The early chapters of Genesis sometimes use the word ‘adam’ to mean ‘humankind’ (Gen. 1:26–27, for example), and since there is clearly a literary structure to those chapters, some have seen the figure of Adam there as a literary device, rather than a historical individual. Already a question arises: must we choose between the two? Throughout the Bible we see instances of literary devices used to present historical material: think of Nicodemus coming to Jesus at night, or the emphasis in the Gospels on Jesus’ death at the time of the Passover. Most commentators would happily acknowledge that here are literary devices being employed to draw our attention to the theological significance of the historical events being recounted. The ‘literary’ need not exclude the ‘literal’.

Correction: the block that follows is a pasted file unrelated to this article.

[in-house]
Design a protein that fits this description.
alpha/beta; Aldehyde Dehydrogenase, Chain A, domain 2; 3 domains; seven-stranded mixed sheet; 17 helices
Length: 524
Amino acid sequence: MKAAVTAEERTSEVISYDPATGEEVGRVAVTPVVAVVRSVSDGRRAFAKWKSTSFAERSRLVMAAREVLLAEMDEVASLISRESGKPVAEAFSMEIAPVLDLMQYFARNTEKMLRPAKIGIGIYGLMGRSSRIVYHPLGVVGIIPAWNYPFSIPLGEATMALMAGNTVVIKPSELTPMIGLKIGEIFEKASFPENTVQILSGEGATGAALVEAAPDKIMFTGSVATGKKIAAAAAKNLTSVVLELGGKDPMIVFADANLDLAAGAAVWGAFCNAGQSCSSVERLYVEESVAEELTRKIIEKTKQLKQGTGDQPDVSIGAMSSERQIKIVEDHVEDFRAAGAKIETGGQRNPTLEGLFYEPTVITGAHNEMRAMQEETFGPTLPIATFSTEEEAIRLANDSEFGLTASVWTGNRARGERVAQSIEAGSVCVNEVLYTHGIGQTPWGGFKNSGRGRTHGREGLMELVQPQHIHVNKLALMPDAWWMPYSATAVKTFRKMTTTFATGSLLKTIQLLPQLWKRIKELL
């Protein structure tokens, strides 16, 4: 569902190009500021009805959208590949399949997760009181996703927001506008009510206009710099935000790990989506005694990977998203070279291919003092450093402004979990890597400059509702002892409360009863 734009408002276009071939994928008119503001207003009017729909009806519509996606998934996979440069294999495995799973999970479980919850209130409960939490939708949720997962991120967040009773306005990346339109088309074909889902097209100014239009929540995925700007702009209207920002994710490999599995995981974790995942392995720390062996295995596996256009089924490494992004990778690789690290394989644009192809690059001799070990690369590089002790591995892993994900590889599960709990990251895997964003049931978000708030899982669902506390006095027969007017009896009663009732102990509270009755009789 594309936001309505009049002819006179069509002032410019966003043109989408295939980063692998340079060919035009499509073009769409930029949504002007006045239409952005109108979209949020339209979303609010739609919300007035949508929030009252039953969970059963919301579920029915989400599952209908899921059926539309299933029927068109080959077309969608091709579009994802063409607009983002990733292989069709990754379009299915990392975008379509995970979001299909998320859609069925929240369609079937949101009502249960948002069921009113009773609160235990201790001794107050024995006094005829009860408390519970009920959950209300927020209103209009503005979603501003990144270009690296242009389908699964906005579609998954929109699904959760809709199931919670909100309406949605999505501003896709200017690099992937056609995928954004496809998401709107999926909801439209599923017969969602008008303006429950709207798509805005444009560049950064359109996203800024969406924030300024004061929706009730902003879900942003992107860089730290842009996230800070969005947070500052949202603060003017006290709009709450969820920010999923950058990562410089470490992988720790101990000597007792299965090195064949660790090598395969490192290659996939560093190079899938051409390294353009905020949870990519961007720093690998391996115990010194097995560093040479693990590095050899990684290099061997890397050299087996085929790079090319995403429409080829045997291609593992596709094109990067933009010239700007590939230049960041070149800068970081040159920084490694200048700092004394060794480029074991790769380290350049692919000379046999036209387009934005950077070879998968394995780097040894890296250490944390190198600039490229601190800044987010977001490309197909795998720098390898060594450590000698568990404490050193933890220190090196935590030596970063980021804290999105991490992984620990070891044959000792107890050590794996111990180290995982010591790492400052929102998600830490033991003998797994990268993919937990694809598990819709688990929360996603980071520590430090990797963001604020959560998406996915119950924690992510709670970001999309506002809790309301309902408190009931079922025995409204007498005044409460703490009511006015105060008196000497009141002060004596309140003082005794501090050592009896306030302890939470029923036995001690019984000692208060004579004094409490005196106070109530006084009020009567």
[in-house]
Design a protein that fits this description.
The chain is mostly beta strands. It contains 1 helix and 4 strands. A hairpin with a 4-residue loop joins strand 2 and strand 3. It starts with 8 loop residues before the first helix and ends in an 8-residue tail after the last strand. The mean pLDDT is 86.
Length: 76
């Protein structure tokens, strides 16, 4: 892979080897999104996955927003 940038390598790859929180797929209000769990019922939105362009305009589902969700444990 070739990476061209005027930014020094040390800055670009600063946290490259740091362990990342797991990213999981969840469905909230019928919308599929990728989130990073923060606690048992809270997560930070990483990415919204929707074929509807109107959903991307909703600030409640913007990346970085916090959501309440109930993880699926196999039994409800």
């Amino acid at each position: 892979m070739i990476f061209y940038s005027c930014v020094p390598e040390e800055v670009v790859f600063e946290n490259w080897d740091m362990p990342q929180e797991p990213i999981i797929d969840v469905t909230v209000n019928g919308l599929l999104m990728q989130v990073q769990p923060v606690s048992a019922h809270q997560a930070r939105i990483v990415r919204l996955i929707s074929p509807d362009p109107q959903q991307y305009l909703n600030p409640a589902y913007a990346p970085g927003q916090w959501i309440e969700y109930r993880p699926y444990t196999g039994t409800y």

The next question then must be: does the ‘literary’ exclude the ‘literal’ in the case of Adam? Not according to those other parts of the Bible that refer back to Adam. The genealogies of Genesis 5, 1 Chronicles 1 and Luke 3 all find their first parent in Adam, and while biblical genealogies do sometimes omit names for various reasons, they are not known to add in fictional or mythological figures. When Jesus taught on marriage in Matthew 19:4–6, and when Jude referred to Adam in Jude 14, they used no caveats or anything to suggest that they doubted Adam’s historical reality or thought of him in any way differently to how they thought of other Old Testament characters.